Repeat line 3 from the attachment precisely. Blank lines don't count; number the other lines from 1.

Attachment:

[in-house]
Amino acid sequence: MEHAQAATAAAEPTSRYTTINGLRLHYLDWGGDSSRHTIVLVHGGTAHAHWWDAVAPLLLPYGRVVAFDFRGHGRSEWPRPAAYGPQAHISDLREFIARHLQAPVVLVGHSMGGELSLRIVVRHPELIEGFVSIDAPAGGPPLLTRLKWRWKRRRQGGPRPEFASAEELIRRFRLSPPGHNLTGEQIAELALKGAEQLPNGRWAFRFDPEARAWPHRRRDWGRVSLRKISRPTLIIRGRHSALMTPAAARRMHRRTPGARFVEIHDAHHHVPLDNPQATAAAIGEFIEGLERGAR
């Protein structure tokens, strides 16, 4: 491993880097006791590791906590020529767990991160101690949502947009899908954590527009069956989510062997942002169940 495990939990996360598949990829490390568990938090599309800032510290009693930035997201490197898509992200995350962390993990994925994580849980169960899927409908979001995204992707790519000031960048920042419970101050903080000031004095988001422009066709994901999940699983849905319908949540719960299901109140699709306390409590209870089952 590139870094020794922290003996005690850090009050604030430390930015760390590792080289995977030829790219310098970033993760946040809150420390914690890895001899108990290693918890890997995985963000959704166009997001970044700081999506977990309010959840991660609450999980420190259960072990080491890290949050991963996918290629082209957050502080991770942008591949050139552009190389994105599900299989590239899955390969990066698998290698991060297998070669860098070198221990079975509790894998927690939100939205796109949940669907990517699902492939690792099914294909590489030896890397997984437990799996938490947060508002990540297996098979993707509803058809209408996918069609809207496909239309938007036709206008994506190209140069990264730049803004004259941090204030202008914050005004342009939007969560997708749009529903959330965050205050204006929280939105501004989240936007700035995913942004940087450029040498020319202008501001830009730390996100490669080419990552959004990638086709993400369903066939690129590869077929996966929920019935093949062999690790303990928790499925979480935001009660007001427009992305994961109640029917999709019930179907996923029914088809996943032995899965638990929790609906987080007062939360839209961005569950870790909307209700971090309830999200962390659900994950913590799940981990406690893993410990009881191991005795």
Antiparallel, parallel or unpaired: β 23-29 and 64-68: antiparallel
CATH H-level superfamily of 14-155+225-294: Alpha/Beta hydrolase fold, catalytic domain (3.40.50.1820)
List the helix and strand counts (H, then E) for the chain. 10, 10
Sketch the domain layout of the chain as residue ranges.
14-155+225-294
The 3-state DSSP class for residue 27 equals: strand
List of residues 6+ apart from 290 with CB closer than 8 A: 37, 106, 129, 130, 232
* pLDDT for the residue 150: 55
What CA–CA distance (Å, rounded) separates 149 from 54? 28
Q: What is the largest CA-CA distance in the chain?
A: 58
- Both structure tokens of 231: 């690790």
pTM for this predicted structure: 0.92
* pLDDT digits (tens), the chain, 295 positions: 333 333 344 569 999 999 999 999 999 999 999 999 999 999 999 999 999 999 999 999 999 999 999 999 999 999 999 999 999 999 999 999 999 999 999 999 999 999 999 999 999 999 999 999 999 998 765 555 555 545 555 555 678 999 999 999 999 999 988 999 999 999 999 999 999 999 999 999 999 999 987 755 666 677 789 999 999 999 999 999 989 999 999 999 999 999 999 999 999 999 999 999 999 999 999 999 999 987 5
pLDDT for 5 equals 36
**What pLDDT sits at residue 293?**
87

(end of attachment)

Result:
């Protein structure tokens, strides 16, 4: 491993880097006791590791906590020529767990991160101690949502947009899908954590527009069956989510062997942002169940 495990939990996360598949990829490390568990938090599309800032510290009693930035997201490197898509992200995350962390993990994925994580849980169960899927409908979001995204992707790519000031960048920042419970101050903080000031004095988001422009066709994901999940699983849905319908949540719960299901109140699709306390409590209870089952 590139870094020794922290003996005690850090009050604030430390930015760390590792080289995977030829790219310098970033993760946040809150420390914690890895001899108990290693918890890997995985963000959704166009997001970044700081999506977990309010959840991660609450999980420190259960072990080491890290949050991963996918290629082209957050502080991770942008591949050139552009190389994105599900299989590239899955390969990066698998290698991060297998070669860098070198221990079975509790894998927690939100939205796109949940669907990517699902492939690792099914294909590489030896890397997984437990799996938490947060508002990540297996098979993707509803058809209408996918069609809207496909239309938007036709206008994506190209140069990264730049803004004259941090204030202008914050005004342009939007969560997708749009529903959330965050205050204006929280939105501004989240936007700035995913942004940087450029040498020319202008501001830009730390996100490669080419990552959004990638086709993400369903066939690129590869077929996966929920019935093949062999690790303990928790499925979480935001009660007001427009992305994961109640029917999709019930179907996923029914088809996943032995899965638990929790609906987080007062939360839209961005569950870790909307209700971090309830999200962390659900994950913590799940981990406690893993410990009881191991005795």